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Dr. Isidro Cortés-Ciriano (center) and his lab at the European Molecular Biology Laboratory

Sequencing Osteosarcoma’s Chromosomal Complexity

Award-winning researcher explains how his work seeks to better understand osteosarcoma’s genomic instability to uncover novel treatments for the most aggressive types of the disease.

Thanks to DNA sequencing technology that was developed nearly 15 years ago, scientists are starting to better understand how and why cancer develops in humans. Now, building on that technology, award-winning researcher Isidro Cortés-Ciriano, PhD, is studying osteosarcoma genomes to understand what causes osteosarcoma and how the disease evolves within bone cells. He is hoping this information will allow investigators to develop new drugs that will treat the most aggressive types of osteosarcoma.


Isidro Cortés-Ciriano, PhD

In 2023, the OSI selected Dr. Cortés-Ciriano, along project co-lead University College London professor Adrienne Flanagan, MD, PhD, to receive a $499,914 grant that will fund their research into the causes and consequences of osteosarcoma’s genomic complexity. Using clinical tumor samples and innovative data analysis techniques, Dr. Cortés-Ciriano’s team at the European Molecular Biology Laboratory is working to identify the proteins affected by mutations in osteosarcoma that could then be targeted with immunotherapy or targeted therapy. Dr. Flanagan, a world renowned expert in bone cancer research, will conduct patient tumor sample selection, processing, and analysis.

What do we know so far about the osteosarcoma’s genetic makeup?

It is more complex than previously thought. We have long known that cancer is associated with genetic mutations — when rearrangements occur within specific segments of DNA. However, it was not until DNA sequencing was developed that we learned about chromothripsis, which is when one or multiple chromosomes become rearranged in a short period of time. Some cancers exhibit more chromothripsis than others. Of all cancers, osteosarcomas display some of the highest levels of chromothripsis. The DNA within osteosarcoma cells is scrambled massively. Other cancers that have similar levels of chromothripsis are, for example, brain, oesophageal, pancreatic, breast, and some lung cancers.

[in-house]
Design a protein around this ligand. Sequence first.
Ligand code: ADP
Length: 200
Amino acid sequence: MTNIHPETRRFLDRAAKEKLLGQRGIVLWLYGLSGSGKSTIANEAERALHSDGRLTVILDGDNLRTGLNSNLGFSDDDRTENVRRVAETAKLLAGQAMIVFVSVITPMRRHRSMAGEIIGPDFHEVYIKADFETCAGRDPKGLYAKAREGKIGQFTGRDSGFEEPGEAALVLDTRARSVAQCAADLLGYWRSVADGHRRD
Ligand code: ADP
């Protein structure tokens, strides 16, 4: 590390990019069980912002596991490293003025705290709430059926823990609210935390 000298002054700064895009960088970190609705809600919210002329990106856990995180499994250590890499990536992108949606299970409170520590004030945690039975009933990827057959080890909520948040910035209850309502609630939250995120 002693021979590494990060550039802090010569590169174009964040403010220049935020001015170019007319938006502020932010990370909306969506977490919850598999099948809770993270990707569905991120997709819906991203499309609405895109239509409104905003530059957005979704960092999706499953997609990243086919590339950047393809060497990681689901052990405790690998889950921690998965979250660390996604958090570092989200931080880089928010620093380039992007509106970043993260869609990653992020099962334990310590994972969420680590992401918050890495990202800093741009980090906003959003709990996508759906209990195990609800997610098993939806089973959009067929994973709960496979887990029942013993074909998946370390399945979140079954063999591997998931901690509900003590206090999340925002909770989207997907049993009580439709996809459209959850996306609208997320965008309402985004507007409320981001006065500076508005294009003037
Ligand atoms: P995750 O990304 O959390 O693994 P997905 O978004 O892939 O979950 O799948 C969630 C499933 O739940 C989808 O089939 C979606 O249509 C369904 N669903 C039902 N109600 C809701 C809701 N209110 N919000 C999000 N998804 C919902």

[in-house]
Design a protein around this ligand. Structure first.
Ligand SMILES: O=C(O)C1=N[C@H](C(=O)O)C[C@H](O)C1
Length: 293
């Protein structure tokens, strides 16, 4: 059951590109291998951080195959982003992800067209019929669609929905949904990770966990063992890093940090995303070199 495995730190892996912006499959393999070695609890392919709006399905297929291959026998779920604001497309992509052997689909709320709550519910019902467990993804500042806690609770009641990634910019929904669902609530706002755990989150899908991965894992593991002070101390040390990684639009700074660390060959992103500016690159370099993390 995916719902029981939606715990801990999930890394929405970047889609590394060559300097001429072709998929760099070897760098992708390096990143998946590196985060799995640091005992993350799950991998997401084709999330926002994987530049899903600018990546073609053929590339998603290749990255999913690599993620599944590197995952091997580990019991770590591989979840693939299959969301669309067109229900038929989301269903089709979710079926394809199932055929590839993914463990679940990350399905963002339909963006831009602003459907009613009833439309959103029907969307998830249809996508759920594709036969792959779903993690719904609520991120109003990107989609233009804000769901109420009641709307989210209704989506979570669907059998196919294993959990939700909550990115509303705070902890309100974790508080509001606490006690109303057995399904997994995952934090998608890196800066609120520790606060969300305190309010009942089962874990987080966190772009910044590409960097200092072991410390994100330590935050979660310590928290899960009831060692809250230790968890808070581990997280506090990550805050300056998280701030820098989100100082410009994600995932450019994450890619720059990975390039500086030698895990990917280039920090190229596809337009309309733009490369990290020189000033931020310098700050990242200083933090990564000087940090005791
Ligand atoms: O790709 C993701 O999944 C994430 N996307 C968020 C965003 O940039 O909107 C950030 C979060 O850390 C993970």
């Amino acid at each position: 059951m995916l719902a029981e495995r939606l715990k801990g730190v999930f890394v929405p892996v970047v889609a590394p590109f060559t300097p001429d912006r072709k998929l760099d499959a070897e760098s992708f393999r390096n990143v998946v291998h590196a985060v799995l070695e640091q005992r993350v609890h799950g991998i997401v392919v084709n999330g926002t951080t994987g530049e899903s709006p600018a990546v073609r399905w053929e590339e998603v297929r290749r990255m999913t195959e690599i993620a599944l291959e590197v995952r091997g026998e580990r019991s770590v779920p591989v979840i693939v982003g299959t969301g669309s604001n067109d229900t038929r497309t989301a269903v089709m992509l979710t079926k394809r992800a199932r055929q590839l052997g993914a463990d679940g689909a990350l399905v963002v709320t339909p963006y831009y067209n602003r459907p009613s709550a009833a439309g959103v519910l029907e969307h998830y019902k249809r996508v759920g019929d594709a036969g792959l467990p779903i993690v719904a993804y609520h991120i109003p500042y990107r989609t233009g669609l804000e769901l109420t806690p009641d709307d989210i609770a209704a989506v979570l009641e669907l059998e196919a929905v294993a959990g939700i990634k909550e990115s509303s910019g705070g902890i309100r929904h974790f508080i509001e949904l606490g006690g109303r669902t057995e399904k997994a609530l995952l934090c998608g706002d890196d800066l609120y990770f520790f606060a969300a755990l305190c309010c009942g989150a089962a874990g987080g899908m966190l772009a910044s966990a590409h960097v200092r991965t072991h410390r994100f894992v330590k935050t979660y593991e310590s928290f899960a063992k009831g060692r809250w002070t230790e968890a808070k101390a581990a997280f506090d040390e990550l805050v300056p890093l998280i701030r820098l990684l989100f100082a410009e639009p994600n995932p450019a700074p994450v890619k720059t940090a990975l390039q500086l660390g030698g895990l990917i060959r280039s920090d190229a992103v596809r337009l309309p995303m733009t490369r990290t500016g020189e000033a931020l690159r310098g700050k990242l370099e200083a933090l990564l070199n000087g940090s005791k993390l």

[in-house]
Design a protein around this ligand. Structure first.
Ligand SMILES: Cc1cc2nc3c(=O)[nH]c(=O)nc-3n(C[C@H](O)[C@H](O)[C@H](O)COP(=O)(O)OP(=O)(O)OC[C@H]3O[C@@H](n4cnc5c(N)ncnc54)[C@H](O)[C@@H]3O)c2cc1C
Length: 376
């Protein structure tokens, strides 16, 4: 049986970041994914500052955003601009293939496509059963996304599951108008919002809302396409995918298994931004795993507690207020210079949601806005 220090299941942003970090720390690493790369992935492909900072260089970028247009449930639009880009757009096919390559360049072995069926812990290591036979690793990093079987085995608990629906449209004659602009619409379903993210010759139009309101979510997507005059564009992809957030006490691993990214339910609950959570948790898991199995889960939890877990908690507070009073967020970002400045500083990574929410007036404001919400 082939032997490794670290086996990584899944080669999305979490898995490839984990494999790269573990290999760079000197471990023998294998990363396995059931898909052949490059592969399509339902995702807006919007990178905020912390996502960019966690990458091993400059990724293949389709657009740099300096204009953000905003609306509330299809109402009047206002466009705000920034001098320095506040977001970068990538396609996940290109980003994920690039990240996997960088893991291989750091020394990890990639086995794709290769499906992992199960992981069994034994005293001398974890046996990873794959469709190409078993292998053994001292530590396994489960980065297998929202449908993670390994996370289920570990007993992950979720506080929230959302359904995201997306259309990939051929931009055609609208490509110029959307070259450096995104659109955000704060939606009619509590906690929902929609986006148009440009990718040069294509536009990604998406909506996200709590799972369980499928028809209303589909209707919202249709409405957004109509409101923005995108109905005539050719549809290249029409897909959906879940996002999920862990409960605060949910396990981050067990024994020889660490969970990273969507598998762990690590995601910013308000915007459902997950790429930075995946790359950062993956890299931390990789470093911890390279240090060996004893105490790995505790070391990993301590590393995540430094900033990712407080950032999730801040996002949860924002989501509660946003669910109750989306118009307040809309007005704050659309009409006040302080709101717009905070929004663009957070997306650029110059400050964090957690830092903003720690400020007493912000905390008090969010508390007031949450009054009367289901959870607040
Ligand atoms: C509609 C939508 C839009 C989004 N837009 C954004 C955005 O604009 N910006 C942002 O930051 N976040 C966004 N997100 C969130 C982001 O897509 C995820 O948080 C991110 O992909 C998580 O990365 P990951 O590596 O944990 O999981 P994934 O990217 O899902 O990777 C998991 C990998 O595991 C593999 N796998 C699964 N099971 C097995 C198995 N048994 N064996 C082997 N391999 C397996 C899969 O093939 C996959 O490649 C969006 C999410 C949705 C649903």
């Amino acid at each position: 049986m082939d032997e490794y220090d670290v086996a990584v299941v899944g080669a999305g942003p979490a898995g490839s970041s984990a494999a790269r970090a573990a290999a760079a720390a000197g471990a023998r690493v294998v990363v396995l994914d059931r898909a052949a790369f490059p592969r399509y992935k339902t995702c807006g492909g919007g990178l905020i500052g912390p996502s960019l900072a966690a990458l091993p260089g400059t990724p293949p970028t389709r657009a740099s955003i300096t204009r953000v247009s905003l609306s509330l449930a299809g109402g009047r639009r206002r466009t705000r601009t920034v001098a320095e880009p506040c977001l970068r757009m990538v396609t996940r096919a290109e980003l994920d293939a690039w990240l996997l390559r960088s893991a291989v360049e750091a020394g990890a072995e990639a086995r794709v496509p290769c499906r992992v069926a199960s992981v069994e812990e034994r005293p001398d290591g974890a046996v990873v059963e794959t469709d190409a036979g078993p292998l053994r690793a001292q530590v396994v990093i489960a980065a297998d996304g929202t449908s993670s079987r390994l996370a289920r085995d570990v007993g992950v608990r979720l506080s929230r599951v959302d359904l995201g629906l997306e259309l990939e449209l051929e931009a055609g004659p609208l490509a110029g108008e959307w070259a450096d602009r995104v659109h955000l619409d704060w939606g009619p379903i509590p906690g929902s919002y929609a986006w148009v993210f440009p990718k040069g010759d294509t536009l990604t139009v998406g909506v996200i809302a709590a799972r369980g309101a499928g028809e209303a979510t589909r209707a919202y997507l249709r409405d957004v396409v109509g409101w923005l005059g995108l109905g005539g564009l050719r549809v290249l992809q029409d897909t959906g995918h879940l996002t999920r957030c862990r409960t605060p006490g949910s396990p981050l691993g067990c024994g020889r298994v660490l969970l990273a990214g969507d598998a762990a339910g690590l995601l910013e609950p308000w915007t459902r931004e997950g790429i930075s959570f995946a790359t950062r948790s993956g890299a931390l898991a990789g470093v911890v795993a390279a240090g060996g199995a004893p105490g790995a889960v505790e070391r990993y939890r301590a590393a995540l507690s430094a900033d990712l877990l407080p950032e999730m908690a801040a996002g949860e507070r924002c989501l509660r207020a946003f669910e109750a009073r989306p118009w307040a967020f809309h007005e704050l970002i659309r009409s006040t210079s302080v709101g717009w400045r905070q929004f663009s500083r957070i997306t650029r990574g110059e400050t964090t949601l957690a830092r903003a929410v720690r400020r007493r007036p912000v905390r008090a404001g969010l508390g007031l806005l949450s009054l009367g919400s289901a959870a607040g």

We have also learned that osteosarcoma tends to be highly heterogenous, meaning there can be varying amounts and types of chromothripsis depending on where in the tumor you look. This likely explains why immunotherapies and targeted therapies have not traditionally been successful at treating osteosarcoma. The treatments might kill a subset of cells in a tumor, but they are unlikely to kill all the cells because the cancer cells do not all have the same markers.

What does your osteosarcoma research focus on?

My interest is in trying to understand the mechanisms whereby a set of chromosomes that were perfectly fine can undergo such massive rearrangements that we end up with such a high level of chromosomal complexity.

How do you plan to explore osteosarcoma’s chromosomal complexity and understand what causes osteosarcoma?

Over the last few years, I have been working with University College London professor Adrienne Flanagan, who is a sarcoma pathologist with a very strong interest in bone cancer. She maintains a fantastic biobank with detailed clinical annotations, which is something that is usually lacking in larger scale genomics analyses.

“We perform genome sequencing on multiple regions of each tumor to really understand the mechanisms behind the onset of osteosarcoma — identifying which mutations mediate the transformation from a healthy cell into a cancer cell.” — Isidro Cortés-Ciriano, PhD

A few years ago, we started to perform genome sequencing on multiple regions of each tumor to understand the mechanisms behind the onset of osteosarcoma. The idea is to characterize the diversity of mutations within a tumor. By analyzing different regions of a single tumor, we have been able to reconstruct its evolution. This is important, because it allows us to identify which molecular events or mutations mediate the transformation from a healthy cell into a cancer cell.

Now, with the funding from the OSI, what we want to understand is how the chromosomal alterations change which genes get turned on and off, including how the immune cells change and respond to the growth of cancer. Osteosarcomas are so complex, so diverse, that finding one drug to inhibit one protein is unlikely to be enough to kill the disease. We are hoping our work will be able to inform which areas of discovery are most promising, including which immunotherapy approaches, which harness the patient’s own immune system to kill the cancer cells, might be more effective against osteosarcoma. At the end of the day, we want what everyone wants — novel treatments that are more effective and less toxic.

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